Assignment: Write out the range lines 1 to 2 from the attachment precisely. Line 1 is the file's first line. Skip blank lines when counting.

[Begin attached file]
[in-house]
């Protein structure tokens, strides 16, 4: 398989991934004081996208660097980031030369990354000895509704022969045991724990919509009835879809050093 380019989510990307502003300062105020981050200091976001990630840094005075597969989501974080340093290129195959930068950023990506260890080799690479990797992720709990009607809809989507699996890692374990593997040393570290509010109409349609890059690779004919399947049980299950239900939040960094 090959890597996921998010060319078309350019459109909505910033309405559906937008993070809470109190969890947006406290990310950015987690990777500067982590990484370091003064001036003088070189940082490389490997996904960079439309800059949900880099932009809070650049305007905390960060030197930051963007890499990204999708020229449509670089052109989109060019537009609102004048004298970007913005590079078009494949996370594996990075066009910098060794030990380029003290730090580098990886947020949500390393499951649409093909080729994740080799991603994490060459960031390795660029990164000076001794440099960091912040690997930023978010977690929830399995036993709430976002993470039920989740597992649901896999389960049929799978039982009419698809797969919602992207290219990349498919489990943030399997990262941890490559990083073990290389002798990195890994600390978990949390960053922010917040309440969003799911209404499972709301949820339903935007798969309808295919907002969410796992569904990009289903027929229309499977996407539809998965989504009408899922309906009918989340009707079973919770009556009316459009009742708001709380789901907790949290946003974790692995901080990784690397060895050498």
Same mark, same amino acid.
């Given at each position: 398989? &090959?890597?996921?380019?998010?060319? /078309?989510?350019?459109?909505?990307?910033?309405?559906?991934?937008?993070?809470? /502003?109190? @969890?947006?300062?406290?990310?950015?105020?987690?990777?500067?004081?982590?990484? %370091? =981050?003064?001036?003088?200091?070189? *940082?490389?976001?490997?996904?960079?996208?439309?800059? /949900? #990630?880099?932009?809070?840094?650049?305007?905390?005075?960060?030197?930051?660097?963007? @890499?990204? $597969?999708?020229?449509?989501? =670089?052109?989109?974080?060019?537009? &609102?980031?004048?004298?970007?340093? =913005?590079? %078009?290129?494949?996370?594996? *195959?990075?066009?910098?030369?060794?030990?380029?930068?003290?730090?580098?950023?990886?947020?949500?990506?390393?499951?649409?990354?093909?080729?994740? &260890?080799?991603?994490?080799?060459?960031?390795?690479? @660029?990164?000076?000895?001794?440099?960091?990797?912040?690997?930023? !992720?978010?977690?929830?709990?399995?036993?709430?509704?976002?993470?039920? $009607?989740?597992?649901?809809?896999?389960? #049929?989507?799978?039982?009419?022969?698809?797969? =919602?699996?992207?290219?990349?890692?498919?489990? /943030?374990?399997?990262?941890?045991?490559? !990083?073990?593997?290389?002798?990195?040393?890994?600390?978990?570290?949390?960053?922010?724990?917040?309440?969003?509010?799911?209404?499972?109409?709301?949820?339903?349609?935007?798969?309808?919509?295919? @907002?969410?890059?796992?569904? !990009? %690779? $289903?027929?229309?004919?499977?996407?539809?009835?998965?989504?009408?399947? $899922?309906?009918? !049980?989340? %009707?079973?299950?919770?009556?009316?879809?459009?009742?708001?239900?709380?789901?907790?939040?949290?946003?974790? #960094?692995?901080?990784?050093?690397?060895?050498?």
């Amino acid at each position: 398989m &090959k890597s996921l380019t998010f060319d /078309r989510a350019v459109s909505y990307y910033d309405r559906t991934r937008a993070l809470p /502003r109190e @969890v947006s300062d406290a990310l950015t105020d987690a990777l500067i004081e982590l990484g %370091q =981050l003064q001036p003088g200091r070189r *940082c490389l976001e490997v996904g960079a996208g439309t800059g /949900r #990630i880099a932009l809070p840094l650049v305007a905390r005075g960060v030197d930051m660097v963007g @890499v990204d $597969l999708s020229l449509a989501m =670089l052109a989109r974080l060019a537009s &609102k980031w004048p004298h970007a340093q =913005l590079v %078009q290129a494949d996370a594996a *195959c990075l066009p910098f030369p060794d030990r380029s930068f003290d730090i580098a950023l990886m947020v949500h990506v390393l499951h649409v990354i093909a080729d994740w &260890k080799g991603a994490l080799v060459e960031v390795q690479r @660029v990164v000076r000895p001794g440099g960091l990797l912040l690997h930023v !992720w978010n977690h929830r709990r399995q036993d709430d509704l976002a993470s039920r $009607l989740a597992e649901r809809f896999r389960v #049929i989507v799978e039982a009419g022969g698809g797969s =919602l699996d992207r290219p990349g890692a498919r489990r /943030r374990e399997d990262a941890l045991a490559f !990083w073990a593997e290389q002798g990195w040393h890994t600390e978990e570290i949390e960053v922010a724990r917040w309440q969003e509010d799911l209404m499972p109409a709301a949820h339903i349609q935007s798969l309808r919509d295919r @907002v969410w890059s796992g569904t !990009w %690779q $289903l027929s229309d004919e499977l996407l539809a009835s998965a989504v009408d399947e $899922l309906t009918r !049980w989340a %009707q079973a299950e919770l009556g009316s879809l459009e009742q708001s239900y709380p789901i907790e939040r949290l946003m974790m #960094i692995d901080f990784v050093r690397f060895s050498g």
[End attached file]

[in-house]
């Protein structure tokens, strides 16, 4: 398989991934004081996208660097980031030369990354000895509704022969045991724990919509009835879809050093 380019989510990307502003300062105020981050200091976001990630840094005075597969989501974080340093290129195959930068950023990506260890080799690479990797992720709990009607809809989507699996890692374990593997040393570290509010109409349609890059690779004919399947049980299950239900939040960094 090959890597996921998010060319078309350019459109909505910033309405559906937008993070809470109190969890947006406290990310950015987690990777500067982590990484370091003064001036003088070189940082490389490997996904960079439309800059949900880099932009809070650049305007905390960060030197930051963007890499990204999708020229449509670089052109989109060019537009609102004048004298970007913005590079078009494949996370594996990075066009910098060794030990380029003290730090580098990886947020949500390393499951649409093909080729994740080799991603994490060459960031390795660029990164000076001794440099960091912040690997930023978010977690929830399995036993709430976002993470039920989740597992649901896999389960049929799978039982009419698809797969919602992207290219990349498919489990943030399997990262941890490559990083073990290389002798990195890994600390978990949390960053922010917040309440969003799911209404499972709301949820339903935007798969309808295919907002969410796992569904990009289903027929229309499977996407539809998965989504009408899922309906009918989340009707079973919770009556009316459009009742708001709380789901907790949290946003974790692995901080990784690397060895050498």